What to read? With so many choices out there, don't make the mistake of wasting your one relaxing day on a bad read! I'll keep you in good books so your precious time can be well spent. I read all the books from young adult and teen to adult fiction; classics to history. Trust me. I know good books!
Rainer Maria Rilke
"Live a while in these books, learn from them what seems to you worth learning, but above all love them. This love will be repaid you a thousand and a thousand times, and however your life may turn,-it will, I am certain of it, run through the fabric of your growth as one of the most important threads among all the threads of your experiences, disappointments, and joys."--Rainer Maia Rilke
I recently had the opportunity to chat with Melissa Lemon, author of the upcoming Cinder and Ella. Our chat about fairy tales, princesses and clumsy husbands leads me to believe I have more in common with Cinderella than I thought!
What were your favorite fairy tales as a young person?
"Cinderella was my favorite, the reasons being that she’s not a princess (neither am I) and I always seemed to be cleaning."
Did you ever find fairy tales to be scary, funny or serious?
"All of the above! Each one holds a bit of seriousness—something tragic has happened or is happening. Fairy tales have to be scary to hold our suspense and interest. And a little laughter makes the ride even more enjoyable."
Did you ever learn anything from fairy tales?
"Each fairy tale has something to teach. Snow White taught me that kindness wins hearts. From Cinderella I learned that hard work, a positive attitude, and perseverance pay off. And Alice in Wonderland helped me realize that falling into holes is not such a good thing."
Why do you think fairy tales are still around and still being read today?
"I think they represent something from our childhood that we loved and that we can go back to again and again and nobody will think we’re crazy for doing so. There are so many things we do as kids that we’re expected to give up. You might think I’m bizarre if you see me sitting in a corner playing with dolls and talking to myself (something my 4 year old does all the time) or if I run around in circles screaming at the top of my lungs (something my 6 year old does when I let her). Reading fairy tales is perhaps the only thing from our childhood we’re allowed to hold onto."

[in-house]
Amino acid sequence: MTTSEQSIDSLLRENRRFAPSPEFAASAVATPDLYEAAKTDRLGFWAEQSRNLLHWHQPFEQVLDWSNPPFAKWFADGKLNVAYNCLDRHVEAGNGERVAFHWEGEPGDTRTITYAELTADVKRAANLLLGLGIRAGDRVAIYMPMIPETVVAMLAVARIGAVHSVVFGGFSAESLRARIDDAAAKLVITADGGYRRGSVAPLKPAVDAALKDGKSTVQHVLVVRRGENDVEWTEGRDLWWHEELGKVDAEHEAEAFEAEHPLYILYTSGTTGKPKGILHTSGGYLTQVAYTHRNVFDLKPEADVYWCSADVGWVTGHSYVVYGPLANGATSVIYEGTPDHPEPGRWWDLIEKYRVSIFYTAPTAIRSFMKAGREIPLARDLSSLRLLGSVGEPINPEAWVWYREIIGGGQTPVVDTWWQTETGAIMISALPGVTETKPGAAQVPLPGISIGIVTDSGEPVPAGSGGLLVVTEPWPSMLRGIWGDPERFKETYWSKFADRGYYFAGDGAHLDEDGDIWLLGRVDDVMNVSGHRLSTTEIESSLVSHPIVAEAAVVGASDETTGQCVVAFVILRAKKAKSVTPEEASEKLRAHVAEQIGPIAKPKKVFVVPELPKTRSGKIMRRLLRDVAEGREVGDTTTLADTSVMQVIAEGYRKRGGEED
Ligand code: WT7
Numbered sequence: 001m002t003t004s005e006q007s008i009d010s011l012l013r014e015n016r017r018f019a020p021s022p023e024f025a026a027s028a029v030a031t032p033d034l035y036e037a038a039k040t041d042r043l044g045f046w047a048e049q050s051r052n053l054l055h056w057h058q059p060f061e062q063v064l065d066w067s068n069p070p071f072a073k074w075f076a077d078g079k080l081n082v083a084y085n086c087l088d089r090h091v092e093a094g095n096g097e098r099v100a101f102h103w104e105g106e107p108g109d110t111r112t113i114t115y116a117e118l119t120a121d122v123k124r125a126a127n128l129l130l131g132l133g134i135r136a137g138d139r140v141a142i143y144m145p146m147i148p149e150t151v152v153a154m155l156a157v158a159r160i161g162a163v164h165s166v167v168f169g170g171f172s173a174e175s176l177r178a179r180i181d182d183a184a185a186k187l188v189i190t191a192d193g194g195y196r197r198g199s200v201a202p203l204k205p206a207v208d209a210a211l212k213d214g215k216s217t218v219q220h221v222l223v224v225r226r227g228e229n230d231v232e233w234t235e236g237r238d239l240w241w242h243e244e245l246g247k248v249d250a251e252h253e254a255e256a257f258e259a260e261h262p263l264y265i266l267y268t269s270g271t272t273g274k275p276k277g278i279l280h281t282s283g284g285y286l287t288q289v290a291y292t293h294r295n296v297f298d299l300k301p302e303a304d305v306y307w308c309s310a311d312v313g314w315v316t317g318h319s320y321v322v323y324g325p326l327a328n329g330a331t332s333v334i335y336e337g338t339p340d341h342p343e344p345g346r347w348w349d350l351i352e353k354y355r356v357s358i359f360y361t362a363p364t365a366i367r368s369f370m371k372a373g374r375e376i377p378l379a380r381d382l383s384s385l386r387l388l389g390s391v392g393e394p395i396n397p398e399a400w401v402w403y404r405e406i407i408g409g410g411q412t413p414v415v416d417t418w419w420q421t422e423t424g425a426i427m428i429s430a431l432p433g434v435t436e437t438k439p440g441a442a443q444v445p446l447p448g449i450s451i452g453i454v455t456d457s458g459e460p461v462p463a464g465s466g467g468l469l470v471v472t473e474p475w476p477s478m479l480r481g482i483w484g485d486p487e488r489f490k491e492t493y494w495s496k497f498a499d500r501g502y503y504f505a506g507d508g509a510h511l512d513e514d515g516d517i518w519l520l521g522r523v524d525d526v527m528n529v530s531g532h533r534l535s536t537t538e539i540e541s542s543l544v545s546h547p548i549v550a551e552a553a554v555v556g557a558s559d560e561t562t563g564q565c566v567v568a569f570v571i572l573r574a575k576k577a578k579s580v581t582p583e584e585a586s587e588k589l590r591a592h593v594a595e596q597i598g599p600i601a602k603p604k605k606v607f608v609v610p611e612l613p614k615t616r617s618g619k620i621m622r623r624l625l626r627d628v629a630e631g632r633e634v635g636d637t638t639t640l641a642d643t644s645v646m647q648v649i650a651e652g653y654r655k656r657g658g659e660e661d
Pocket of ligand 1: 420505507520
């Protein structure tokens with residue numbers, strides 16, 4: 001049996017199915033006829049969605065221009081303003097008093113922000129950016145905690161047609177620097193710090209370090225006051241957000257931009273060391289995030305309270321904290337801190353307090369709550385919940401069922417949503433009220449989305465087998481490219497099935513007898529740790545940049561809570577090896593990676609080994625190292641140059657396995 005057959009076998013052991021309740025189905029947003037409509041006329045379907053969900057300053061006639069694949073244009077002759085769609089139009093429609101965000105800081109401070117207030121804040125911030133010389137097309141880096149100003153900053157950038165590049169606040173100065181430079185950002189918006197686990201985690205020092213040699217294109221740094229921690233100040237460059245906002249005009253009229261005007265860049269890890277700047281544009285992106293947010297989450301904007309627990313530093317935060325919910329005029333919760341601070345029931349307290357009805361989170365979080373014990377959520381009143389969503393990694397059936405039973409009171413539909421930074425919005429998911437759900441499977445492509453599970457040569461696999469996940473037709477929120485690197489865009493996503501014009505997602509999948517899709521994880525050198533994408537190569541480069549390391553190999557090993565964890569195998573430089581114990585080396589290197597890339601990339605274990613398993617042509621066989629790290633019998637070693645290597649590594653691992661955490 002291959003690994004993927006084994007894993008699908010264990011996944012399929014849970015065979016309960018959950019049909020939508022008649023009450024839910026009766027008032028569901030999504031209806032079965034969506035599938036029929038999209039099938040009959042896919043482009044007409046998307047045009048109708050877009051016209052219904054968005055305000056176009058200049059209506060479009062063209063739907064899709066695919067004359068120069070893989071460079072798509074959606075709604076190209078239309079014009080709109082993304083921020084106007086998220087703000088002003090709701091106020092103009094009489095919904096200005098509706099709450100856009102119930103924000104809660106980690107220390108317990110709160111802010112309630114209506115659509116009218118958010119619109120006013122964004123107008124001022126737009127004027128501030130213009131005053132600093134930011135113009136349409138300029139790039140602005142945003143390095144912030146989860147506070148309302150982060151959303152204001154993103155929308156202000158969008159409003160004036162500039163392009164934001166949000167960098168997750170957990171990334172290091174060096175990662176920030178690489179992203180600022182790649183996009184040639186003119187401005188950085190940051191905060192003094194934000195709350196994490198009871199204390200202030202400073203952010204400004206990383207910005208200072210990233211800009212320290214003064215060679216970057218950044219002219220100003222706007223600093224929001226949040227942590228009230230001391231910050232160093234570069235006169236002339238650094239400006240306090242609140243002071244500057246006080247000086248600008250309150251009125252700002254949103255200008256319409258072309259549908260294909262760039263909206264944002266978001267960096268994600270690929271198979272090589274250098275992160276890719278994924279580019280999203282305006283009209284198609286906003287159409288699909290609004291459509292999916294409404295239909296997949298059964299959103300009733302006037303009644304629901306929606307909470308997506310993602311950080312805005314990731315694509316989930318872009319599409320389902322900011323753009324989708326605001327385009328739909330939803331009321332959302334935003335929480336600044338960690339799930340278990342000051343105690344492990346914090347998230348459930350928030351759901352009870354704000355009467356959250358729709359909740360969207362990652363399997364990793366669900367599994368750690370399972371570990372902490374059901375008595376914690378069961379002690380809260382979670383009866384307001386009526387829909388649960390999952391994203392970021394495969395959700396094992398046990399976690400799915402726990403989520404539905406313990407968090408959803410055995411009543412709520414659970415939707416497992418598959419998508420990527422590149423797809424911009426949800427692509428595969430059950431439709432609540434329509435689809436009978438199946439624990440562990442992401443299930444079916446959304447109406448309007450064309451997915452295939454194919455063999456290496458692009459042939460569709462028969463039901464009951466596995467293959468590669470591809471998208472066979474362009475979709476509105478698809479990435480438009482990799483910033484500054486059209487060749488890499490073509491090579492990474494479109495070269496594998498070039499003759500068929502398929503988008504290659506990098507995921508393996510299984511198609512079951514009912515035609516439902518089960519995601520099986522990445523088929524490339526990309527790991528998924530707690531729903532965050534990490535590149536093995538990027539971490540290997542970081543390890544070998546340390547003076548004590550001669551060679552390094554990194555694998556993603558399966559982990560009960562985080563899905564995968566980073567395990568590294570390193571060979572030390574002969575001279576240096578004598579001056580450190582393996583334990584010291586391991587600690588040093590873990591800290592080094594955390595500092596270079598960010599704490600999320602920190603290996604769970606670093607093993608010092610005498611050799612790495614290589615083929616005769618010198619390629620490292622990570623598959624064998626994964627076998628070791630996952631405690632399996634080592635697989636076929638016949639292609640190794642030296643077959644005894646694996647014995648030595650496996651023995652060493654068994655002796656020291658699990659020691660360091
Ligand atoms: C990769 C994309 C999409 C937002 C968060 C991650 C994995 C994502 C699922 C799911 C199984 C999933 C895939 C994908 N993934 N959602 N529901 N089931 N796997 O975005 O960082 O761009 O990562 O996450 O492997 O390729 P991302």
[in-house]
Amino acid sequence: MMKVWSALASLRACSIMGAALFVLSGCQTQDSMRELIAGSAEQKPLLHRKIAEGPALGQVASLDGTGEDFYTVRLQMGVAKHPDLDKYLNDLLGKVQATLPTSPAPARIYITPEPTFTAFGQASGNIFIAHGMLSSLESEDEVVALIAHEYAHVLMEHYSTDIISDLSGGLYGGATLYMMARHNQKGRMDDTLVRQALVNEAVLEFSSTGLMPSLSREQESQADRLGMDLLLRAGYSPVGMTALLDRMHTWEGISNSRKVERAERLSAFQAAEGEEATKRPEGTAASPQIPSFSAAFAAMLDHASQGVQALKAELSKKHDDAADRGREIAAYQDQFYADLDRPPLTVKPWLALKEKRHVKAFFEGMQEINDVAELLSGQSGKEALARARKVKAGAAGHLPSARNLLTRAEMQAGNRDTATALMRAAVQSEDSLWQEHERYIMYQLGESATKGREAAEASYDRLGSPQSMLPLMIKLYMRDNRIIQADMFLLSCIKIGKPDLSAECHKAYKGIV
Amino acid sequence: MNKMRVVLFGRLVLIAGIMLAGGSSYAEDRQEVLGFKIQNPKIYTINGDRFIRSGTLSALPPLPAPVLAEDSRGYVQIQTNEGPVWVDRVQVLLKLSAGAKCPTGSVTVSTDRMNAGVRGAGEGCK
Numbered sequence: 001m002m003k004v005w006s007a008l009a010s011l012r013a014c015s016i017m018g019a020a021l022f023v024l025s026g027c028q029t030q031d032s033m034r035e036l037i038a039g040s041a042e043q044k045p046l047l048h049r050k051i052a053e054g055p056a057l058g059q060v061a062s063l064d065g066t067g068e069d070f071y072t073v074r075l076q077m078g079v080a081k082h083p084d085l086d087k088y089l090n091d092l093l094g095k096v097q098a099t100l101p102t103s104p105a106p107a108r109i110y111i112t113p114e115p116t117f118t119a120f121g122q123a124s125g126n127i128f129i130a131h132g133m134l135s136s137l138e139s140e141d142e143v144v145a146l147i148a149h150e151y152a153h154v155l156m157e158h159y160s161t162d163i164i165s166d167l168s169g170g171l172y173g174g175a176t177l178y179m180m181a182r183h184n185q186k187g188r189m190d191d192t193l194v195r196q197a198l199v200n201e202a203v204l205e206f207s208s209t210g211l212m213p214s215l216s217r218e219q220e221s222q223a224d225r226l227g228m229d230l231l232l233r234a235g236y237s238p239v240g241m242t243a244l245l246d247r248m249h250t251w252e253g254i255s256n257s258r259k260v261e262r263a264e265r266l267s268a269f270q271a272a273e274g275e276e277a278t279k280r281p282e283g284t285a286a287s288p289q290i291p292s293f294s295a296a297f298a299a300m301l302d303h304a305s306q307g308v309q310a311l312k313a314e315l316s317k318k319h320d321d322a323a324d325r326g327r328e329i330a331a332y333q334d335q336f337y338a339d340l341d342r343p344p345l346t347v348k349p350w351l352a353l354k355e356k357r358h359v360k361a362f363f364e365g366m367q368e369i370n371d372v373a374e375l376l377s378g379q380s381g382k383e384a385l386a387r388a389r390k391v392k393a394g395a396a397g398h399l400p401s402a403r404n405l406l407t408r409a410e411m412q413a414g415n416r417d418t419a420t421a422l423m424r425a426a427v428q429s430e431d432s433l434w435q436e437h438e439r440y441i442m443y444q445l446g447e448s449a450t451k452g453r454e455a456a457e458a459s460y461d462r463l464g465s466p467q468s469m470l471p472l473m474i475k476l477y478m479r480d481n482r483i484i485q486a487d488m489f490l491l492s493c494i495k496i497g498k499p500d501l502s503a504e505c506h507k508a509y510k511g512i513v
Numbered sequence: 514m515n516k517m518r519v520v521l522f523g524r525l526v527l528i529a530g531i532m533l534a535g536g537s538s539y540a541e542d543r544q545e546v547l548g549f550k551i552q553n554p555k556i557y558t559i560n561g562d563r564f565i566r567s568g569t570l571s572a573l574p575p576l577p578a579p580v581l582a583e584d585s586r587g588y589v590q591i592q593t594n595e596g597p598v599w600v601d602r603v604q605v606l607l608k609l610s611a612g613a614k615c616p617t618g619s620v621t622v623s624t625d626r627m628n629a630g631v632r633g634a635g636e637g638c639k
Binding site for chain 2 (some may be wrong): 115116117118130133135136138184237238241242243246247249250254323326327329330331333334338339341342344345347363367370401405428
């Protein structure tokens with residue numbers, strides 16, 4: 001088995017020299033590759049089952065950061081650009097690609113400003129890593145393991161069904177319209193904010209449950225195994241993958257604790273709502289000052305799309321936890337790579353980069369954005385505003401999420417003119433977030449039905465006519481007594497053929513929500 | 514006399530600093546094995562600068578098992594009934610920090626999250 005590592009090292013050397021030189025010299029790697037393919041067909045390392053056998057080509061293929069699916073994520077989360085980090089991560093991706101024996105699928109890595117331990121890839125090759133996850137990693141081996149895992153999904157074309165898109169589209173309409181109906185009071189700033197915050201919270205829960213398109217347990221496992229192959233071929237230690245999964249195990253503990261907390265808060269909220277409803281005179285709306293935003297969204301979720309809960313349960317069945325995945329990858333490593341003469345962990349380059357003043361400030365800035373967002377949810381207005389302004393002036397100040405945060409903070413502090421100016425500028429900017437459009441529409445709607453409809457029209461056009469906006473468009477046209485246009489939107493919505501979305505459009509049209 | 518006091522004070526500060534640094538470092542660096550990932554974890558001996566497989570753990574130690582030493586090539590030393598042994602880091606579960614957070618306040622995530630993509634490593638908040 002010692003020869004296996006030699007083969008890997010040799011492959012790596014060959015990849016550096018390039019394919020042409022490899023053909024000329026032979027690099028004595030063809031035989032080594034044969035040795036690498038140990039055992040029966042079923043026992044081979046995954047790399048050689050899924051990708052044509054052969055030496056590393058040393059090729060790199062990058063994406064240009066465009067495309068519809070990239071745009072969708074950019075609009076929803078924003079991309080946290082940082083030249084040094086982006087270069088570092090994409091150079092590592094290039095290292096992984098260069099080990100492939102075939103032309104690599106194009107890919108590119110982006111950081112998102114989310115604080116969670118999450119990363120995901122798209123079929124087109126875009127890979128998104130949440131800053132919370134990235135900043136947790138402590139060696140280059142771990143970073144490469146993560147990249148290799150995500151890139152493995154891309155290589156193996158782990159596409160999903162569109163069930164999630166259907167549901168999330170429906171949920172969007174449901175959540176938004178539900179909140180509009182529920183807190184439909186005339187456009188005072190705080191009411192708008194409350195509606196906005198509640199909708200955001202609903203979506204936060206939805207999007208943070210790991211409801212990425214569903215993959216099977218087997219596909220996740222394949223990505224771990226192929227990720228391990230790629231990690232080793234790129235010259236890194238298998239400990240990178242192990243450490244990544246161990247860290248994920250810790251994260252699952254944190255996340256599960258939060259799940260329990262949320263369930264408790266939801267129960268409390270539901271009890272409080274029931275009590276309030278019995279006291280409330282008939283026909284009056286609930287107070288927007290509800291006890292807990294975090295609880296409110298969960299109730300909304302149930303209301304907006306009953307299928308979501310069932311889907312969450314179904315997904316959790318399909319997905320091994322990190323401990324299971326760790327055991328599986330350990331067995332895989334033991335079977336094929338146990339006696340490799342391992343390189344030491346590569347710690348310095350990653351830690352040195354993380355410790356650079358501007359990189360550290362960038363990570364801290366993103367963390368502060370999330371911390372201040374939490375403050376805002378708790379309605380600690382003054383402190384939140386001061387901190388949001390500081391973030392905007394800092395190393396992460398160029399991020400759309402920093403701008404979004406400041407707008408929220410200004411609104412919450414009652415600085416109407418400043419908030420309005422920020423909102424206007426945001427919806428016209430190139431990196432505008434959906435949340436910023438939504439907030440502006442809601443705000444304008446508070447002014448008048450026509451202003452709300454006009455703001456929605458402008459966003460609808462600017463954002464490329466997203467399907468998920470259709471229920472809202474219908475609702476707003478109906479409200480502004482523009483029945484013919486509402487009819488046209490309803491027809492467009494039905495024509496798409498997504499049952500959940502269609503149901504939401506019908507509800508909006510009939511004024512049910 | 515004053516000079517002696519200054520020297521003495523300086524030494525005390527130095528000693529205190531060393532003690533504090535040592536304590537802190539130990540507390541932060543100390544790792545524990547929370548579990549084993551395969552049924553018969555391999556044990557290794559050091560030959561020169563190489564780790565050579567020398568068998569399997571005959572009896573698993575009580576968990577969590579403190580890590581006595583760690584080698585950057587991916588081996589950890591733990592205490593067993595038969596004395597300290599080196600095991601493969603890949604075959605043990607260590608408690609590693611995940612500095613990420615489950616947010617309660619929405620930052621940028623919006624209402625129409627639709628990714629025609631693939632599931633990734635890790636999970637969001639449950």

Why should young people still be interested in fairy tales?
"Fairy tales bring together people of all ages and cultures. They provide an escape from reality while teaching us about it. In short, fairy tales are AMAZING and POWERFUL. Who wouldn’t want to read them? (They’re also fun to write as well.)"
In your opinion, why has there been such a resurgence of retellings of fairy tales lately?
"I think it is because we love them so much and we want to make them fit into our world the way we know it. It has been fun to see all of the supernatural and paranormal twists taken on these timeless stories. It makes them accessible and entertaining for new generations."
You have retold the story of "Cinderella" from another perspective. What made you decide to split that into two different people?
"I’m not sure. It probably comes a little from my middle child syndrome. I am #4 of 5 in my family and have the perfect personality to go unnoticed--quiet, independent. Even in school I knew what it was like to be the good, diligent, quiet one who never needed anything."
It seems as if you favored the character of Ella more so than Cinder. Why is that?
"I think there are two reasons. One is that more happens to Ella. Cinder starts as the proactive one but that quickly changes and Ella decides to take everything into her own hands. It worked well with the plot to follow Ella on her adventures rather than to stay at the castle with Cinder. It may also be because I understand Ella more and relate to her better. Cinder is entirely too nice for me to relate to."
Why did you decide to make the "Prince Charming" character NOT a prince and such a klutz? (I loved that about the book, by the way!)
"Okay, my husband is going to kill me, but he gave me the idea. My head is in the perfect range for an accidental flying elbow from time to time. He has stepped on me and whacked me with things as well (all on accident…I think). Let’s just say I would never let him help me off of a horse, but I love him anyway. Making the prince evil was a part of making this story different from other retellings. And who doesn’t love (I mean hate) an evil prince?"
Where did you get the idea for the life connection to trees?
"I only wish I knew. I have a life long love of trees—climbing them, hugging them (aspens are the most huggable), being around them, looking at them. They are a part of my life and I feel a connection to them, so I guess that opened the door for the idea."
What are your future book plans?
"That is a loaded question. I have so many ideas it is difficult to keep them straight. I am currently working on a YA science fiction. I would like to do somewhere in the neighborhood of 5 more retellings (3 for boys and 2 more for girls). I may break into the middle grade market at some point since my kids will be there for a while and are great at helping inspire ideas. I guess the short answer is that I want to keep writing for a very long time."